Can those kindhearted practitioners move people with what they have suffered?

We held a hunger strike the next day. To make us eat the third day, Zhao Guoyun took our eldest son to Gangbei. On the fourth day, Zhao brought our daughter-in-law and our daughter, and then he told our eldest son to take us home. I said that I would not go home and not to open the door to let them in. They then brought my second son’s wife and two village Party heads at around 8:00 a.m. on February 24 to try to convince us to go home. When they saw that we were lying in bed the whole time and were very weak, they got some young men to open the window of our room, and then two Party heads dragged us home and took turns watching us.

We do not know what else we can do to rescue our son. We believe that by doing what we did, we probably touched people’s hearts. Now we hope the prison authorities take morality into consideration and release our son, who should not have been locked up in the first place.

Gangbei Prison has tortured Falun Gong practitioners to death in the past, but instead of being punished for their crimes, we were told that officials helped each other cover up their criminal deeds, which is why they are so ruthless and treat life lightly. Could we just let our son be mistreated like this and not do anything?

We were told that our lawsuit against Gangbei Prison has initiated a series of lawsuits by a number of victims against the prison and its followers. Many people have filed lawsuits, and many others have agreed to testify on the witness stand. More than a dozen victims co-signed to be the witnesses for our lawsuit. It is clear that Gangbei Prison officials have committed criminal deeds, including using torture. However, the regime’s law agencies pretend they do not know about any evildoings taking place in Gangbei Prison. Even worse, they refuse to do any investigation. Such government agencies terrorize ordinary people.

During the process of our appeal, I have seen that many government employees are kind and empathize with our situation. The ruling regime makes grave mistakes, but just resistance against it can be disastrous. It is a disaster for China. The regime is guilty of criminal deeds.

I have heard that some media outside China are following our case, and some foreigners were touched by our determination. As a matter of fact, we just want to touch the hearts of those regime officials, but they are not moved.

We heard that a Falun Gong practitioner named Han who accompanied us was arrested. I want to say that, just like my son, he is a loyal and honest young man. He deserves to be respected, but instead he is being persecuted.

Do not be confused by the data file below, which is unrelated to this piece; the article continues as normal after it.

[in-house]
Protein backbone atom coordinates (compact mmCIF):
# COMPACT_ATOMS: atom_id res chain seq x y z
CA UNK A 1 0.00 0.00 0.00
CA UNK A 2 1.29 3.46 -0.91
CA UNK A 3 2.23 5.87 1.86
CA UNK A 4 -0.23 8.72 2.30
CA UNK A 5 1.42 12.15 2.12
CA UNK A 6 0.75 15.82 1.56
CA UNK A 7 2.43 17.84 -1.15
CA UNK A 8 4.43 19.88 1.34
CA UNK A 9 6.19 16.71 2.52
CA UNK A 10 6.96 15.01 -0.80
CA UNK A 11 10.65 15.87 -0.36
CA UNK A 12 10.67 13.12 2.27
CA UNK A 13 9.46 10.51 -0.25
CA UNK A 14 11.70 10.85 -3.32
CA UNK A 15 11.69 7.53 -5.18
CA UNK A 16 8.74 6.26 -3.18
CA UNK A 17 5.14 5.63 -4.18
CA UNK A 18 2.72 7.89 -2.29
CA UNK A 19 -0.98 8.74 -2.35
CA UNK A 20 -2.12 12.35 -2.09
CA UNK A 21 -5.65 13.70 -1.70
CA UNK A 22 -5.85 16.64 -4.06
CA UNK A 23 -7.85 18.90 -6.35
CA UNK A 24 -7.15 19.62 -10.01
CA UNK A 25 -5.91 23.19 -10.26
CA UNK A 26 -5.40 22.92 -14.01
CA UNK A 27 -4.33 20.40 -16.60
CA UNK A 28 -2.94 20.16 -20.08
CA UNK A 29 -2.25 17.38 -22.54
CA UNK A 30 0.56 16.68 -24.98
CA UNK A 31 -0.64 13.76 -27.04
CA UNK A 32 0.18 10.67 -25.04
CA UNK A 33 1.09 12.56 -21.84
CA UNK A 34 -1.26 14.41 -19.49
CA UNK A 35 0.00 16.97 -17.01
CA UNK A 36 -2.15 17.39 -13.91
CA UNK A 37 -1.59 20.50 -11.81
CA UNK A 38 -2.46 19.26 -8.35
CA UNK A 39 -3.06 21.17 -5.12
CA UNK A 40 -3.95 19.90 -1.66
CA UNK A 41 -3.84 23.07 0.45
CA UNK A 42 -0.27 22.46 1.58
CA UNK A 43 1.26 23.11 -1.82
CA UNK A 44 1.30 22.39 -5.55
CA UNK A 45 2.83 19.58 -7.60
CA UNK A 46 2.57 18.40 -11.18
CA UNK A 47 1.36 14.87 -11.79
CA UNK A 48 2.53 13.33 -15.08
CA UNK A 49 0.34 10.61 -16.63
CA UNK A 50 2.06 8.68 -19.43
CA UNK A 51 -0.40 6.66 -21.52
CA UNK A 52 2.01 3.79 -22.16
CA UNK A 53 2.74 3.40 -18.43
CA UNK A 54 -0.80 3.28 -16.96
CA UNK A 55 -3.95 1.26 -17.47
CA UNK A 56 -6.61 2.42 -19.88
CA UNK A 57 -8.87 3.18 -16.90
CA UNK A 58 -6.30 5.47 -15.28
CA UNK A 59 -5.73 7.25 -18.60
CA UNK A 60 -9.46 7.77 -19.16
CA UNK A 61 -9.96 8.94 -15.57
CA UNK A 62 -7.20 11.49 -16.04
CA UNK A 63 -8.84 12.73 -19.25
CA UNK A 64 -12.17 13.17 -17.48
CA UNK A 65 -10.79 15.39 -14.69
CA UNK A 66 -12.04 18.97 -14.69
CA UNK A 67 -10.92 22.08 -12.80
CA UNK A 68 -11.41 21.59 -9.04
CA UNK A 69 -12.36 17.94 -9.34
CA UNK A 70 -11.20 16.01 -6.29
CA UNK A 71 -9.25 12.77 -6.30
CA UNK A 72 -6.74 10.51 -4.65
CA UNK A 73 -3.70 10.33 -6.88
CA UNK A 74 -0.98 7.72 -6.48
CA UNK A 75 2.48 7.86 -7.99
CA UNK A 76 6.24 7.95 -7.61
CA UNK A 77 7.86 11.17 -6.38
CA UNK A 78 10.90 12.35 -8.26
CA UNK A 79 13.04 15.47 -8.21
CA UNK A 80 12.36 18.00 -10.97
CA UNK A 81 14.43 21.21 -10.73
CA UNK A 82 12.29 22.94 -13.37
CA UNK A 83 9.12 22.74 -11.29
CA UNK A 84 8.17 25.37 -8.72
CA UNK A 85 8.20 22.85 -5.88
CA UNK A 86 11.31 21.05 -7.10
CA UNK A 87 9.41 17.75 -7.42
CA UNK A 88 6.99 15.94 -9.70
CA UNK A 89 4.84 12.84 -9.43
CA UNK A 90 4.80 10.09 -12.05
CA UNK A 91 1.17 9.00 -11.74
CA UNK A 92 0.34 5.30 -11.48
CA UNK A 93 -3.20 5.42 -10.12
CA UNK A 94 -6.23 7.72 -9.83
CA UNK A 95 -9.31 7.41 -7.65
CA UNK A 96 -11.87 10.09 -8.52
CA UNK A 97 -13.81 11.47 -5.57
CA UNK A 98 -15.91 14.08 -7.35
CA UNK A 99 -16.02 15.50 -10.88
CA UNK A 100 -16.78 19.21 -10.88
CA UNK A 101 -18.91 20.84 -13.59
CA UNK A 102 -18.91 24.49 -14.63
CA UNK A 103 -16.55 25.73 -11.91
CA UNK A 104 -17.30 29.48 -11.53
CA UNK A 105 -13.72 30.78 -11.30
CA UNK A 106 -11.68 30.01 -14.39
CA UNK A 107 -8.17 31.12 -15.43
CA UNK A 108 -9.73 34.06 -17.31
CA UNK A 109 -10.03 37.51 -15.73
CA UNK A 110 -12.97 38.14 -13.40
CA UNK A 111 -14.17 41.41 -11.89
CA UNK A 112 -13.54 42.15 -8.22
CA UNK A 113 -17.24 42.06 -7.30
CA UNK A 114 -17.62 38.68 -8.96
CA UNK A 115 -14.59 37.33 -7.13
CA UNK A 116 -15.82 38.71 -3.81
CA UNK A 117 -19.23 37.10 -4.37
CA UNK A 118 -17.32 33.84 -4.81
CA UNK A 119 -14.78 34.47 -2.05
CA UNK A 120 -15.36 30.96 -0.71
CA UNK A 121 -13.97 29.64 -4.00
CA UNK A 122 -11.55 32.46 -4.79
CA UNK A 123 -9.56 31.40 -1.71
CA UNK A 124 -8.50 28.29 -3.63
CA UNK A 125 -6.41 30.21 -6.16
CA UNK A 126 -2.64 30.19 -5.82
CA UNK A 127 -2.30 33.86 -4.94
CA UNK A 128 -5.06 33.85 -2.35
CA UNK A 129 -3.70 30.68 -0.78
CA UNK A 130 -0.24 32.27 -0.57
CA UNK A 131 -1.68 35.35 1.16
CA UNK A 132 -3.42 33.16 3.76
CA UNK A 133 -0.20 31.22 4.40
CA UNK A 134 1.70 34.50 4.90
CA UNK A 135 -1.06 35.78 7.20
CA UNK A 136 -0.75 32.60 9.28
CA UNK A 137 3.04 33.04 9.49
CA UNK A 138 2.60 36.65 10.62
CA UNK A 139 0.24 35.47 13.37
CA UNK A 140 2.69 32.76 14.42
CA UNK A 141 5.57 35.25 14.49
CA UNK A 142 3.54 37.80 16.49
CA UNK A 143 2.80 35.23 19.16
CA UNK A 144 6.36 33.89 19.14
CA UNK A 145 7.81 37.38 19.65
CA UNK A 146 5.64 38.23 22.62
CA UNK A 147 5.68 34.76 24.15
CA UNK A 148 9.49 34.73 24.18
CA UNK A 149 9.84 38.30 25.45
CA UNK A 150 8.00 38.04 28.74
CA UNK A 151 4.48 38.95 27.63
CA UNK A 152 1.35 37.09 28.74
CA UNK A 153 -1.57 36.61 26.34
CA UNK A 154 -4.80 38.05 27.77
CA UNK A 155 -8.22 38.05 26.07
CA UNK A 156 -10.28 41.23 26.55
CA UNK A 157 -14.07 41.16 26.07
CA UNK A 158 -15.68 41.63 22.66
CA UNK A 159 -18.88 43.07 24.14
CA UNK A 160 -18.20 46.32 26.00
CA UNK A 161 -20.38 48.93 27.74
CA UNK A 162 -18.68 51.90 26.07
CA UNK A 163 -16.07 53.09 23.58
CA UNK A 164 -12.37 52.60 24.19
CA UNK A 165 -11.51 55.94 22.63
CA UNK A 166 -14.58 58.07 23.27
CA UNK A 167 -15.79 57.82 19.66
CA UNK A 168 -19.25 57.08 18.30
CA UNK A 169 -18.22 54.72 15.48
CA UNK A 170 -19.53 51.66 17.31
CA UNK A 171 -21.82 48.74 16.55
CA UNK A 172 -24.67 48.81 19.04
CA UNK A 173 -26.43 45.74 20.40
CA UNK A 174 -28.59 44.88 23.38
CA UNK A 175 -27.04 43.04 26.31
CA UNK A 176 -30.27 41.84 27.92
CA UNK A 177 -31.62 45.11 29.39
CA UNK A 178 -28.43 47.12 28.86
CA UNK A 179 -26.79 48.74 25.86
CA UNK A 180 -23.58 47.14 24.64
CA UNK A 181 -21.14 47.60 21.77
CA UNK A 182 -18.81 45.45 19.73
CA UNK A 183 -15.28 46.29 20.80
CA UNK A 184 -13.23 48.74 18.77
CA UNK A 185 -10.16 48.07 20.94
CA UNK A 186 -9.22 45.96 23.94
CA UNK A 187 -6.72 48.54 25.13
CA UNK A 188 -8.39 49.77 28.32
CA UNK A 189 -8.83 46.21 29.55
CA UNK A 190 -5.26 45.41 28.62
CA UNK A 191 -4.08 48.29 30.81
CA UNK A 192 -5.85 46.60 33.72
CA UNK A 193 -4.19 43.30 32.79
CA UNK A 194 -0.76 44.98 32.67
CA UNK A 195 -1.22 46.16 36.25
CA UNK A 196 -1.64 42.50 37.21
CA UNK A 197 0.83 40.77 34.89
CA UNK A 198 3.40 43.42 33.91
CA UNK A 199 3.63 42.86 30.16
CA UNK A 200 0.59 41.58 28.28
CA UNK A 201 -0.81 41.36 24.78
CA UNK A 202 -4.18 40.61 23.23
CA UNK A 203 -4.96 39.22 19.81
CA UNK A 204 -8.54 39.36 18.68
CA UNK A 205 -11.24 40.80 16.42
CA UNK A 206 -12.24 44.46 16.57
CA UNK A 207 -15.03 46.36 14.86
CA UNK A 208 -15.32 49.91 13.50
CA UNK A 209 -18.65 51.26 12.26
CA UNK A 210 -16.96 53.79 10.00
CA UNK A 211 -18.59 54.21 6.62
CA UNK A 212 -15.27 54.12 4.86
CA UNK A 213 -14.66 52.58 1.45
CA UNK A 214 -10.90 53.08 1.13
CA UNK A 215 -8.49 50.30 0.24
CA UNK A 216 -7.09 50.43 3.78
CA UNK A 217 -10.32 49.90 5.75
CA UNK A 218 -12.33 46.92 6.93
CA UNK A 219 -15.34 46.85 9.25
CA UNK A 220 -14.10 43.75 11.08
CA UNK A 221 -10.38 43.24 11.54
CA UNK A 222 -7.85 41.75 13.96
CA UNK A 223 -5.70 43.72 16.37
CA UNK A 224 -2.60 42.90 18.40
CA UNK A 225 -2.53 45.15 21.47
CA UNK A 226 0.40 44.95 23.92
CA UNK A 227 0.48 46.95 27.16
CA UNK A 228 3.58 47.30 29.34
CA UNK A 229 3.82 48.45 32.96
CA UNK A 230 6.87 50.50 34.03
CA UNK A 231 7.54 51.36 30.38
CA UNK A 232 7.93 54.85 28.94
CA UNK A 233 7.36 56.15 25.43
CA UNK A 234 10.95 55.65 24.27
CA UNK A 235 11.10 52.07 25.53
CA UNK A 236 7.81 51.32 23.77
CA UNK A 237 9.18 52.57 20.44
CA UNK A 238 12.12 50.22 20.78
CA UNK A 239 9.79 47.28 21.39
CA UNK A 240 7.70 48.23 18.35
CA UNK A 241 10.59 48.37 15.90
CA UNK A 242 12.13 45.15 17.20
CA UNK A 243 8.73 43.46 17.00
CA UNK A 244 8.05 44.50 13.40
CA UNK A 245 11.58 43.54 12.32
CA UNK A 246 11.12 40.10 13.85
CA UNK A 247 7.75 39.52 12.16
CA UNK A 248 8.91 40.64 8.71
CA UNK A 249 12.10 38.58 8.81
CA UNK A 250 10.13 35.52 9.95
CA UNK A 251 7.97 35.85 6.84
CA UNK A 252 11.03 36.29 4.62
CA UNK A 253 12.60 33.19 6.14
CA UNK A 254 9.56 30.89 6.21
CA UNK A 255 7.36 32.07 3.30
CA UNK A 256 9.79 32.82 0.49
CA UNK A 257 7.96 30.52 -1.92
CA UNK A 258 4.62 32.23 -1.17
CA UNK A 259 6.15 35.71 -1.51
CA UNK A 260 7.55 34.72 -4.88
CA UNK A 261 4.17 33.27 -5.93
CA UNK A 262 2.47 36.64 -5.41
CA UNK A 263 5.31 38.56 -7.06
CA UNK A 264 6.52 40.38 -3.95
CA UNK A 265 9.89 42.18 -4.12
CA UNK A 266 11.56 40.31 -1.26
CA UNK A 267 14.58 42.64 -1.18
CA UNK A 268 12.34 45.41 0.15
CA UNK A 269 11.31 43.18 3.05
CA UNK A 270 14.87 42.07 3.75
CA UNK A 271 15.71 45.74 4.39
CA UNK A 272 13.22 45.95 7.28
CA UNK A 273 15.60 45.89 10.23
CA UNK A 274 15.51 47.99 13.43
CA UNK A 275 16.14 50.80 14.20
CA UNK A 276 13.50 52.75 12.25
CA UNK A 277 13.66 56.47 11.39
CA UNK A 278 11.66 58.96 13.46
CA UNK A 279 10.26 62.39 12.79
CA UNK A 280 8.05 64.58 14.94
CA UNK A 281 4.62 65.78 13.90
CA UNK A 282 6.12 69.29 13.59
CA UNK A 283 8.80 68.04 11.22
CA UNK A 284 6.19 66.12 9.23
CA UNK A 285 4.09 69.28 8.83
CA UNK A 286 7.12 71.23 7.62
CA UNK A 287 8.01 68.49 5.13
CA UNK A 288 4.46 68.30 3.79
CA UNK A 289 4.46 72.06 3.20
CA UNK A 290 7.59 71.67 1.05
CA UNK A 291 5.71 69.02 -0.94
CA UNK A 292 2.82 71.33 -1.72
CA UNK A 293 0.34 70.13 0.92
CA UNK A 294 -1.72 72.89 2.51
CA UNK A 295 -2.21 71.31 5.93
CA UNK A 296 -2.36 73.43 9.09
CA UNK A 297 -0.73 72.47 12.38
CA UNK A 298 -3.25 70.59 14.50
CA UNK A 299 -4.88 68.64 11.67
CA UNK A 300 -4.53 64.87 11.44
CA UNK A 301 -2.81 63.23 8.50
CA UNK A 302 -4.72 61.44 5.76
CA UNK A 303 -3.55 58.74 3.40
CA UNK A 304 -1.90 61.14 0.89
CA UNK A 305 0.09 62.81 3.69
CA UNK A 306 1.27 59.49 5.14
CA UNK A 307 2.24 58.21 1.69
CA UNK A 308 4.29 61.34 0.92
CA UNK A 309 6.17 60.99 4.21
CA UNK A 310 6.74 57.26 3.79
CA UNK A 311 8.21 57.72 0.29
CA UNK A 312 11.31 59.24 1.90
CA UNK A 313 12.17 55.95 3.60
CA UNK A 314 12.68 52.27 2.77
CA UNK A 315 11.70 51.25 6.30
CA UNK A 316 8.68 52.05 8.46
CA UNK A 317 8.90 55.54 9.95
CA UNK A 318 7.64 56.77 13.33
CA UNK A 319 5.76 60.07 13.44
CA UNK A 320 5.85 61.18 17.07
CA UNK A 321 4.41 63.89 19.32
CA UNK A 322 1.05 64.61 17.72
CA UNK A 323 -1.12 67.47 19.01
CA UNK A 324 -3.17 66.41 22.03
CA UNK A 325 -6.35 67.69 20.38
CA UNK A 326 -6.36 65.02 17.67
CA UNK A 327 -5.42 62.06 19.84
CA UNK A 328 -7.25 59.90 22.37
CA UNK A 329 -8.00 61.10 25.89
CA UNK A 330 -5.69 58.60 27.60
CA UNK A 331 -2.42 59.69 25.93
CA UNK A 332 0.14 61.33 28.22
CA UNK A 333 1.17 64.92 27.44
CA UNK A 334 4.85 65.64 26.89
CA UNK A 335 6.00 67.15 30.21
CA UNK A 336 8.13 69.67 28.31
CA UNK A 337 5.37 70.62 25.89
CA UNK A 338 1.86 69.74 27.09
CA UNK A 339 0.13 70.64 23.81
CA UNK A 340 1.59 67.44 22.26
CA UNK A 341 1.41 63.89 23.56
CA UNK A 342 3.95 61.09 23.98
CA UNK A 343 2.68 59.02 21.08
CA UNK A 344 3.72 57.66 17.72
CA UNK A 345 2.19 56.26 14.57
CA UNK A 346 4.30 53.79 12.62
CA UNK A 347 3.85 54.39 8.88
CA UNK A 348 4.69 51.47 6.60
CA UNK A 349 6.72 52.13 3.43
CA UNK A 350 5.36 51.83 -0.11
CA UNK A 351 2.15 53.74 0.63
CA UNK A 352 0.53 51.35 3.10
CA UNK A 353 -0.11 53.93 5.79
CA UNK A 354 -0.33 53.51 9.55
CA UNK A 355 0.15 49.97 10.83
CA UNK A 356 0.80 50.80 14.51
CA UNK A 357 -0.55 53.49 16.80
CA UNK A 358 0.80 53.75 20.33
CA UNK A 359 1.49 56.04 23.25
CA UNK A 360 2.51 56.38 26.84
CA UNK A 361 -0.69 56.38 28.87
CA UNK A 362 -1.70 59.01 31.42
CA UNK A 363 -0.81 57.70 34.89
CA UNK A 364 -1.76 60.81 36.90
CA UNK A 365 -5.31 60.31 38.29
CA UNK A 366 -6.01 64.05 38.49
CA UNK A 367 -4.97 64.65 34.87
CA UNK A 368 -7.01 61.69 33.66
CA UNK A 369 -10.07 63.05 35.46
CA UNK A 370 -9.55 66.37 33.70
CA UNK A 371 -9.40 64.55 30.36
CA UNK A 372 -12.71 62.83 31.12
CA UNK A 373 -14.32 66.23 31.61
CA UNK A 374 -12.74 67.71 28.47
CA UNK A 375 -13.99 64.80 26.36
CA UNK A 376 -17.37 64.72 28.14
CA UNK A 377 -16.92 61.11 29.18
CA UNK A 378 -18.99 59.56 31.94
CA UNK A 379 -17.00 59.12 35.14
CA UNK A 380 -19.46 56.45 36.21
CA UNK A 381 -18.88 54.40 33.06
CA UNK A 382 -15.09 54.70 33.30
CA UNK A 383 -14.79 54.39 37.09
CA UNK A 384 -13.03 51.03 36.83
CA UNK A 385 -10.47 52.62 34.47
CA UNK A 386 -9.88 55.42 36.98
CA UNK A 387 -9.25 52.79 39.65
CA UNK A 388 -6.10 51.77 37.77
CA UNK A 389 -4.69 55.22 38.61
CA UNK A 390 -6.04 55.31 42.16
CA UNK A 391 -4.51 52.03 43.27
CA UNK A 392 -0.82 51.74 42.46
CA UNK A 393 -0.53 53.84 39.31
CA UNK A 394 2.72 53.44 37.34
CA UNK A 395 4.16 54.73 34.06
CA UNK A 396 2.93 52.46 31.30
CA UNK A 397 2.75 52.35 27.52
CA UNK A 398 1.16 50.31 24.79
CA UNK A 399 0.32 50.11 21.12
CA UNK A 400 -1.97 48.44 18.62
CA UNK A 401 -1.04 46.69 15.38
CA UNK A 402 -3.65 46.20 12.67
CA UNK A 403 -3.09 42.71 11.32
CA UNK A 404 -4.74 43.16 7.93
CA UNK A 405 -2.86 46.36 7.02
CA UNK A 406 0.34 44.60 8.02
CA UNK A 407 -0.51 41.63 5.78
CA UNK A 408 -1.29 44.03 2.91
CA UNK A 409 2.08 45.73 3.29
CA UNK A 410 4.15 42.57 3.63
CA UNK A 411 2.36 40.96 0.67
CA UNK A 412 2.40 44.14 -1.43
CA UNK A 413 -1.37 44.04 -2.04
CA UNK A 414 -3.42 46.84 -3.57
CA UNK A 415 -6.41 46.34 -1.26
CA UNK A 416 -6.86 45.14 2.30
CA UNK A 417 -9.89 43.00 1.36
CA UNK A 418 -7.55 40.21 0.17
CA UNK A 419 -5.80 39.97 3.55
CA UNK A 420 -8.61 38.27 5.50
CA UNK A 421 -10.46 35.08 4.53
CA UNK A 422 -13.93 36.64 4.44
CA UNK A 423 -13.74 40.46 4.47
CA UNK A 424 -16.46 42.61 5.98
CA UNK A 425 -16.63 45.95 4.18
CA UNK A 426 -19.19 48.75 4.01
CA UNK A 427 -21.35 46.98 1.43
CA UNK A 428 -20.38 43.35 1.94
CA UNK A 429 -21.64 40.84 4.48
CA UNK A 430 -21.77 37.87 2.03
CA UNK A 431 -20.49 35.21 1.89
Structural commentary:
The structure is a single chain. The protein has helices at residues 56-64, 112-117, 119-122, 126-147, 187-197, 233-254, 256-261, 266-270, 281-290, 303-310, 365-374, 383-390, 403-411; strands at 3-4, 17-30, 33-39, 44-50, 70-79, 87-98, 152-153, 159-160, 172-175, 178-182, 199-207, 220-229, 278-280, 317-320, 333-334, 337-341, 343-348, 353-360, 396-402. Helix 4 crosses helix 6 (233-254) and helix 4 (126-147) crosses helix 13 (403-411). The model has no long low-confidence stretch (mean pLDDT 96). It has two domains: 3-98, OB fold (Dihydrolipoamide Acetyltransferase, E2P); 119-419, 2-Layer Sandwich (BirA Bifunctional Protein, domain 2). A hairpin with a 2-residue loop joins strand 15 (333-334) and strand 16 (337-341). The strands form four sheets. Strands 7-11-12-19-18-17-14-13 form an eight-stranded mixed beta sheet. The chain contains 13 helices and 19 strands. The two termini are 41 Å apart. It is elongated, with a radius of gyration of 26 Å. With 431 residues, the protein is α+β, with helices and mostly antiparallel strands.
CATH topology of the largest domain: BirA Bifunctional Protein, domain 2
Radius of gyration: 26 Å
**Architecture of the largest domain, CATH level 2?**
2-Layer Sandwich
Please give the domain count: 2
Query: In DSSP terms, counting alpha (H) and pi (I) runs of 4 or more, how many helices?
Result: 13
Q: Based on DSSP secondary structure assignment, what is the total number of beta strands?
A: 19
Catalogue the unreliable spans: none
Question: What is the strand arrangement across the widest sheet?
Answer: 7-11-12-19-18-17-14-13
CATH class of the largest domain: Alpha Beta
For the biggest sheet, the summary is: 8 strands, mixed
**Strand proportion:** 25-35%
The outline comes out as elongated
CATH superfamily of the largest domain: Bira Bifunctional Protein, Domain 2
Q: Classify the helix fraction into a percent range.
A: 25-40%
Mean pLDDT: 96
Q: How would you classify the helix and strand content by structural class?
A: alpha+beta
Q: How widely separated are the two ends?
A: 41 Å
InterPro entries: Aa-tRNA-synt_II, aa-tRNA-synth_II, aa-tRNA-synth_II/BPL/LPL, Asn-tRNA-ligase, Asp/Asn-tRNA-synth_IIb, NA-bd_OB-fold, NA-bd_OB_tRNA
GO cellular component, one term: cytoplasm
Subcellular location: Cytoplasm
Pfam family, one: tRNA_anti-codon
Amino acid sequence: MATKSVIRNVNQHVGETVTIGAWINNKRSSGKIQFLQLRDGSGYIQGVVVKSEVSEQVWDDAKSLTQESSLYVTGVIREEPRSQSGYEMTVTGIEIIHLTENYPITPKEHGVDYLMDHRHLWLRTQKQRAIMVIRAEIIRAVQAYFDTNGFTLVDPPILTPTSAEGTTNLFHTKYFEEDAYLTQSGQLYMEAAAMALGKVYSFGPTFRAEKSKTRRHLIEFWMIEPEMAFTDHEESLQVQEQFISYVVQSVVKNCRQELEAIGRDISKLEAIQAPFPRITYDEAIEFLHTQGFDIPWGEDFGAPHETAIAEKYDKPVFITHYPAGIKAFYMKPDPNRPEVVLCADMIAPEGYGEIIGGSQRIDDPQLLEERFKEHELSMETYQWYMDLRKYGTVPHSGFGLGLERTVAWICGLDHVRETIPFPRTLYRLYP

We are hoping that our son will come home soon, and that kindhearted people will offer their help.

In this letter we want to express our gratitude toward those who have cared for, helped and encouraged us. We also want to thank the 2,300 people who signed the petition to support our cause, including those government employees who have sympathy for us. We thank those selfless and courageous Falun Gong practitioners who gave us warmth during the coldest days in our lives.

We stood in the chilly open area in front of the prison gate for days, wearing our special jackets with explanations on the them. Because of those kindhearted people who also stood there with us outside the metal gate, we felt that this is still a humane world, and thus we did not feel lonely.”

Zhou Xiangyang’s parents: Zhou Zhencai and Wang Shaoping

In March 2012 from Changli, Qinhuandao City

Chinese Rights Lawyer Gao Zhisheng Alive

Family allowed to visit in prison

By Matthew Robertson
Epoch Times Staff
Created: March 27, 2012
Last Updated: March 28, 2012
Gao Zhisheng, the famous Chinese human rights lawyer now jailed in the remote Western region of Xinjiang, was allowed an inaugural jail visit by his brother and his wife’s father, said his wife, Geng He.

The meeting between Gao Zhiyi, Gao Zhisheng’s brother, and Geng Yundi, Gao’s father-in-law, took place on March 24. Security agents escorted the two family members from Shaanxi Province to Xinjiang Province for the 30-minute meeting, which was conducted through telephone receptors and prison glass.

Geng He, who now lives in California, explained in a telephone interview late Tuesday evening difficulties her brother had in meeting Gao Zhisheng. He arrived in Beijing on Feb. 24 and went to a series of government agencies, all of which sent him away. At one point he was detained by domestic security agents.

“My father spoke for 10 minutes, sitting on the stool,” Geng He said. “Gao asked about the health of everyone in the family. … My father said ‘Having seen you, I’m fine now.’ When Gao heard this, he cried.”

Gao is sometimes referred to as “China’s conscience.” He defended victims of injustice for years, before suffering the wrath of the Communist Party after writing letters to the leadership demanding an end to the persecution of Falun Gong.

He has been in the Shaya Prison in Xinjiang since December 2011, serving a three-year sentence that is widely seen to be arbitrary. One legal expert characterized it as a “rabbit out of the hat.”

The news confirms that Gao is alive and in stable health, which had been doubted after no news was heard for several months. Upon hearing the news, “We let out a sigh of relief,” Geng He said.

Source – http://www.theepochtimes.com/n2/china-news/chinese-rights-lawyer-gao-zhisheng-alive-211849.html